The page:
Feb. 17, 2011
Lowering your sodium intakeBy Dianne Lamb
Poor diet and physical inactivity are the most important factors contributing to an epidemic of overweight and obese men, women and children in the United States, according to the 2010 Dietary Guidelines for Americans released on Jan. 31. While that’s not news to most of us, many people don’t follow the recommendations outlined in the guide, which is updated every five years by the U.S. Department of Agriculture and the Department of Health and Human Services.
These guidelines for good eating pertain to every American two and older, including anyone at increased risk of chronic disease. In general, we all need to eat less by paying attention to portion sizes. And we need to move more. The seventh edition of the Dietary Guidelines also recommends switching to fat-free or low-fat (1 percent) milk and drinking water instead of sugary drinks. Other recommendations include filling half your plate with vegetables and fruits and reading the Nutrition Facts labels on products to reduce the sodium in your diet.
I would like to discuss the sodium issue in greater detail. When the last Dietary Guidelines (2005) were released, the recommendation for sodium was for healthy Americans to consume no more than 2,300 milligrams of sodium a day. That recommendation was equivalent to about one teaspoon of table salt per day from all food sources, including beverages.
The 2010 Dietary Guidelines recommend daily sodium intake to be less than 2,300 mg. The recommended intake is 1,500 mg. per day for people 51 and older, African-Americans and anyone, regardless of age, with high blood pressure, diabetes or chronic kidney disease. Just think about it. Roughly half the U.S. population should be at the 1,500 mg. level for sodium.
Why all the buzz?
Approximately 74.5 million Americans, or 34 percent of the adult population, have hypertension, which is a major risk factor for heart disease, stroke, congestive heart failure and kidney disease. Such dietary factors as excess sodium intake, insufficient potassium intake, being overweight or obese, and excessive alcohol consumption can lead to increased blood pressure. In addition, 36 percent of American adults are pre-hypertensive, meaning their blood pressure is higher than normal but not yet in the hypertension range.
Sodium is an essential nutrient, but it is needed in relatively small quantities. The sodium that most Americans consume is primarily in the form of sodium chloride that is added to processed foods. Sodium is used as an ingredient in many foods and serves a number of functions including for curing meats, as a flavor enhancer, moisture retainer and in baking. Not only are foods high in sodium suspect, but so are foods that contain smaller amounts of sodium per serving, but are eaten in greater quantities throughout the day, such as bread.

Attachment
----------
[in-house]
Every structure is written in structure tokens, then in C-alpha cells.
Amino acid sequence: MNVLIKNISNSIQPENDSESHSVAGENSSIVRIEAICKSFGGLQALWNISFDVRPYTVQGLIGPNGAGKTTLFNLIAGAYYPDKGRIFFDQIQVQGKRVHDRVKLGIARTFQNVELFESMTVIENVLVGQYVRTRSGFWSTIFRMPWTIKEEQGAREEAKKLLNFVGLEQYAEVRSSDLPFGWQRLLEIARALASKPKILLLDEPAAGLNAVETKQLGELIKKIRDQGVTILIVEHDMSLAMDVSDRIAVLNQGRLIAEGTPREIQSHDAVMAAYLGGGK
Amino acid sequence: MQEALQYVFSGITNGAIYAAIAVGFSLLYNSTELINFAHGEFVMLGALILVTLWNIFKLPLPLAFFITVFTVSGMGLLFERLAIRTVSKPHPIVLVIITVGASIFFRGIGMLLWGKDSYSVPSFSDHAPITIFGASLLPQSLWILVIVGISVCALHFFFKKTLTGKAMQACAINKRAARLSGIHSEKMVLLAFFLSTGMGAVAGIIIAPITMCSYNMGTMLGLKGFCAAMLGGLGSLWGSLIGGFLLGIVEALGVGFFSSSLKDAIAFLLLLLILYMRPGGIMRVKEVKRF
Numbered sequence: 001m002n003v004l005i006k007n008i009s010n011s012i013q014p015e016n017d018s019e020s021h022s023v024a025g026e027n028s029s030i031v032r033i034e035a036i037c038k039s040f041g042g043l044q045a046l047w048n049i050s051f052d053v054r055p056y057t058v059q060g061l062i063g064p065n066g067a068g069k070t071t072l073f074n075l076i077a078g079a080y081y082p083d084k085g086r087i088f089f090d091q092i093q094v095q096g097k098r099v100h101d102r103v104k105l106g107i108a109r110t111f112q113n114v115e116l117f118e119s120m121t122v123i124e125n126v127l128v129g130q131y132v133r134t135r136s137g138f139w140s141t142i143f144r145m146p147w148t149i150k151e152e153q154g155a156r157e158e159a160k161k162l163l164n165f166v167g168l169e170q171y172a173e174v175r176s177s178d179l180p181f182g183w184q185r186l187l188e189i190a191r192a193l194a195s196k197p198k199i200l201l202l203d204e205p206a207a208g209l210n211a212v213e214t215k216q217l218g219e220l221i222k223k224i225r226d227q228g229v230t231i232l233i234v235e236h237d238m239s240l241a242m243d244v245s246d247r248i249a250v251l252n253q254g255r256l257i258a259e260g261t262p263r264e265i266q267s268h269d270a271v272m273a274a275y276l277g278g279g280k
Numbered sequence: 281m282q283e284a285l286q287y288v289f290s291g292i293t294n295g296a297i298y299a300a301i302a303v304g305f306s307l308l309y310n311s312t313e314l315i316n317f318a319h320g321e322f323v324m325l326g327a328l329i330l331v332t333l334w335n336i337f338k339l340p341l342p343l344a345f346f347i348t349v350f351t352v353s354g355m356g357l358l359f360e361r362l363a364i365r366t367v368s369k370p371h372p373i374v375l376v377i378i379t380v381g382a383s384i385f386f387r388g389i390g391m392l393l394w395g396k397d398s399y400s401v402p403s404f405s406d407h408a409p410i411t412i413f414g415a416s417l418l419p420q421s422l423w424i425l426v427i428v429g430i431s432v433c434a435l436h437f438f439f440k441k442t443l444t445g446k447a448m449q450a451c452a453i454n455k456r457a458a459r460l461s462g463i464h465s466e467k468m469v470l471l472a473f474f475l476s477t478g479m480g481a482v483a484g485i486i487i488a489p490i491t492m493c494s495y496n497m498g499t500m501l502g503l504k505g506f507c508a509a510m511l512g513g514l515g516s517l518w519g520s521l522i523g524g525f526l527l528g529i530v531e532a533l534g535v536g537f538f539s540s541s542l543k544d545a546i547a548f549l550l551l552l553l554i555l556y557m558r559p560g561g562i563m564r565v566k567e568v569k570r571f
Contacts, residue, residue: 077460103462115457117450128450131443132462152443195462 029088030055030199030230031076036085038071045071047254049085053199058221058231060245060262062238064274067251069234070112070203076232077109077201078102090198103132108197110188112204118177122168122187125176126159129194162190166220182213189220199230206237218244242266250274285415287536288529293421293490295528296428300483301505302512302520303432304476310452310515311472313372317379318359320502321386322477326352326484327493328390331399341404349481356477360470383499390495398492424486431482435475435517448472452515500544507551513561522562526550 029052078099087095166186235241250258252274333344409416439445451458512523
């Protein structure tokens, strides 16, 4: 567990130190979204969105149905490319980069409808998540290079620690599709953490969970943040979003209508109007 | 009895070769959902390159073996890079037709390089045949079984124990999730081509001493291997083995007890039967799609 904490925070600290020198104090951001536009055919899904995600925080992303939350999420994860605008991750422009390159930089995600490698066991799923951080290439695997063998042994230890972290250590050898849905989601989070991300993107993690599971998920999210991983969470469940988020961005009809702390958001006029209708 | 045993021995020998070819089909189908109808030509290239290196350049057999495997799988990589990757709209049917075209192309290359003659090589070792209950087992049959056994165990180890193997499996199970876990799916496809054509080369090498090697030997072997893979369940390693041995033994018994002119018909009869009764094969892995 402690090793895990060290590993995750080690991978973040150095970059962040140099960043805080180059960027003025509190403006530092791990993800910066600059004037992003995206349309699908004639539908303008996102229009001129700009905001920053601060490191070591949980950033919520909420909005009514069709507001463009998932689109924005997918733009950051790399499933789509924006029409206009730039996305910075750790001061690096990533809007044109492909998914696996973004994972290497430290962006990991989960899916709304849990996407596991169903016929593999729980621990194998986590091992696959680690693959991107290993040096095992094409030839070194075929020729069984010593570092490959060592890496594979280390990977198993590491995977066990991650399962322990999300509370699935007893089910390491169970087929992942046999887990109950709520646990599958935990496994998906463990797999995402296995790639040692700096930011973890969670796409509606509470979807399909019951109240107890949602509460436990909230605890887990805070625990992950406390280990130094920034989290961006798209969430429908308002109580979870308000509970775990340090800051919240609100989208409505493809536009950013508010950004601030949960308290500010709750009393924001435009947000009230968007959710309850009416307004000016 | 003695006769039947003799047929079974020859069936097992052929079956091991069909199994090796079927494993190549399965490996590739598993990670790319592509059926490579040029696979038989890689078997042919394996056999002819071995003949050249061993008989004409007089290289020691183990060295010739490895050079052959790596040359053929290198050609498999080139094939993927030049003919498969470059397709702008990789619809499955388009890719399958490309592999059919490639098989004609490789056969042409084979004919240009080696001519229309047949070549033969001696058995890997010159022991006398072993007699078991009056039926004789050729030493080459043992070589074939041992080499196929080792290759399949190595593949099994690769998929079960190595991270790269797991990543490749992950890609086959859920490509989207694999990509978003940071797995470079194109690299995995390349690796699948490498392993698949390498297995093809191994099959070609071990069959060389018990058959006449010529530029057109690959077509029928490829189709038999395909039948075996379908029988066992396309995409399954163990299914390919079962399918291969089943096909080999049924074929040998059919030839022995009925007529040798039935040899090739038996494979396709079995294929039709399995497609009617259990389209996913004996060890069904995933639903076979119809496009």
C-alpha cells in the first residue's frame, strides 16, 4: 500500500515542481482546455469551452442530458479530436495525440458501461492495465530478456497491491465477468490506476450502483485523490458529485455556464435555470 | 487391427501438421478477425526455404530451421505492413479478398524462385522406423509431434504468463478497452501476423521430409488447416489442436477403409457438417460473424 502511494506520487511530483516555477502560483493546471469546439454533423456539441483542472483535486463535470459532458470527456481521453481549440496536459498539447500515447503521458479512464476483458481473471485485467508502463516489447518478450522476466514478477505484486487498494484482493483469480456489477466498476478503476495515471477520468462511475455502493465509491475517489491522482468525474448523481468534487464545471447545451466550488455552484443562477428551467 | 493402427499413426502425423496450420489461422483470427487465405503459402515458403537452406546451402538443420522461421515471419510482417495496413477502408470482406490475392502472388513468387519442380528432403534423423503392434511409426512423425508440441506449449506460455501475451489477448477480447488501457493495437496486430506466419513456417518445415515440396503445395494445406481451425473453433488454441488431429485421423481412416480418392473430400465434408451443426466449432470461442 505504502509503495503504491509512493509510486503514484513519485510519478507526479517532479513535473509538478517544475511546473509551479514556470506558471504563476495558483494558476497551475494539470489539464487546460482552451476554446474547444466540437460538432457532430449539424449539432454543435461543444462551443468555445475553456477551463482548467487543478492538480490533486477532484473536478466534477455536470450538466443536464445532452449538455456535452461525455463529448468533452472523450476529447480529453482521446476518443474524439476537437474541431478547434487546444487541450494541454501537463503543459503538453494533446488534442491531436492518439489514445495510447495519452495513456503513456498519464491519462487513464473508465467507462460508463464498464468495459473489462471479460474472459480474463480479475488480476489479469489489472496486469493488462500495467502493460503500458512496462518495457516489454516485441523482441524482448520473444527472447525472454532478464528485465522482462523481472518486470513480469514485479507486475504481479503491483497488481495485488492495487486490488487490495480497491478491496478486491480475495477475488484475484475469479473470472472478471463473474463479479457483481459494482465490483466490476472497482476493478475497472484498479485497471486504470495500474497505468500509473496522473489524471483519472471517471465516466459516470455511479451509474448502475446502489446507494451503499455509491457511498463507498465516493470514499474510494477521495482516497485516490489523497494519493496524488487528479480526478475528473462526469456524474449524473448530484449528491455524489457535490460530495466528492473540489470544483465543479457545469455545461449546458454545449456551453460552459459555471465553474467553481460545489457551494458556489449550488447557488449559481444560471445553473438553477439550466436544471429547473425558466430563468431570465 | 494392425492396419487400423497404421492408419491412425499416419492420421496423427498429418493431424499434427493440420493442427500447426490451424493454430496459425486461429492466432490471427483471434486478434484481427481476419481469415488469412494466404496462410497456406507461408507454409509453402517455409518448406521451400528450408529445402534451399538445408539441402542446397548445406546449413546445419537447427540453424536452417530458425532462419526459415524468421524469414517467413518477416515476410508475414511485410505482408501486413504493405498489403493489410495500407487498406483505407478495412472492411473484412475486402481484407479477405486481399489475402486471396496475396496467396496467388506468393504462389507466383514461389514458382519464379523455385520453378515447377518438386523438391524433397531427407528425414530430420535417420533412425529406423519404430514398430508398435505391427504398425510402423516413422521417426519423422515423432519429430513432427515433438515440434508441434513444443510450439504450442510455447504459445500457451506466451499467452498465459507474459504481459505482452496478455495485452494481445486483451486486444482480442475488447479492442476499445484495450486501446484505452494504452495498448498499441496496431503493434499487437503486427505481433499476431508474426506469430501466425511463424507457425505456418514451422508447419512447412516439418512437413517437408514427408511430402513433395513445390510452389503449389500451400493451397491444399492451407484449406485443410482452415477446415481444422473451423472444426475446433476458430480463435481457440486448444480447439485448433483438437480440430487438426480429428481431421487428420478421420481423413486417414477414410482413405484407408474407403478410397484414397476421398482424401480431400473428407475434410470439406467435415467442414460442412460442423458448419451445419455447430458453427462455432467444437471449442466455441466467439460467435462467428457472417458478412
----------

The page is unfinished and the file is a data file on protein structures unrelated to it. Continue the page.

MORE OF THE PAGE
The 2010 U.S. Dietary Guidelines offer these suggestions to reduce consumption of sodium:
• Read the Nutrition Facts label for information on sodium content of foods, and purchase foods that are low in sodium.
• Consume more fresh foods and fewer processed foods that are high in sodium.
• Prepare more foods at home where you have control over the amount of sodium that is added to your food.
• Use seasonings containing little or no salt when cooking and eating.
• When dining out, ask if your food can be prepared with less sodium.
On average, the natural sodium content of food accounts for only 10 percent of total sodium intake in a day. The salt that is used at the table and in cooking at home accounts for another 5 to 10 percent of daily sodium intake. Between 75 to 85 percent of daily sodium intake comes from salt that is added to food by manufacturers.
Studies have shown that caloric intake and sodium intake are associated with consuming more foods and beverages. So by reducing calories and the amount of food eaten, you will probably reduce your sodium intake.
To help lower your intake, prepare foods at home using herbs, spices, vinegars, citrus juices or zest from citrus fruits to flavor foods instead of salt. Cut back on salt a little at a time. After awhile, you won’t miss it as your taste buds get acquainted with new flavors from herbs, spices and other potent flavoring agents.
If you have high blood pressure, you can help lower it by following the DASH eating plan. DASH stands for Dietary Approaches to Stop Hypertension and emphasizes eating fruits, vegetables, whole grains and low-fat dairy products. DASH is rich in magnesium, potassium, calcium, protein and fiber. This diet plan is low in cholesterol and saturated and total fat and limits consumption of meat, sweets and beverages containing sugar. For more information on the DASH diet visit the National Heart Blood and Lung Institute’s website at www.nhlbi.nih.gov/health/dci/Diseases/dash/dash_follow.html.
To read the entire report or the executive summary for the 2010 U.S. Dietary Guidelines, go to www.dietaryguidelines.gov .
Dianne Lamb is the University of Vermont’s Extension Nutrition and Food specialist.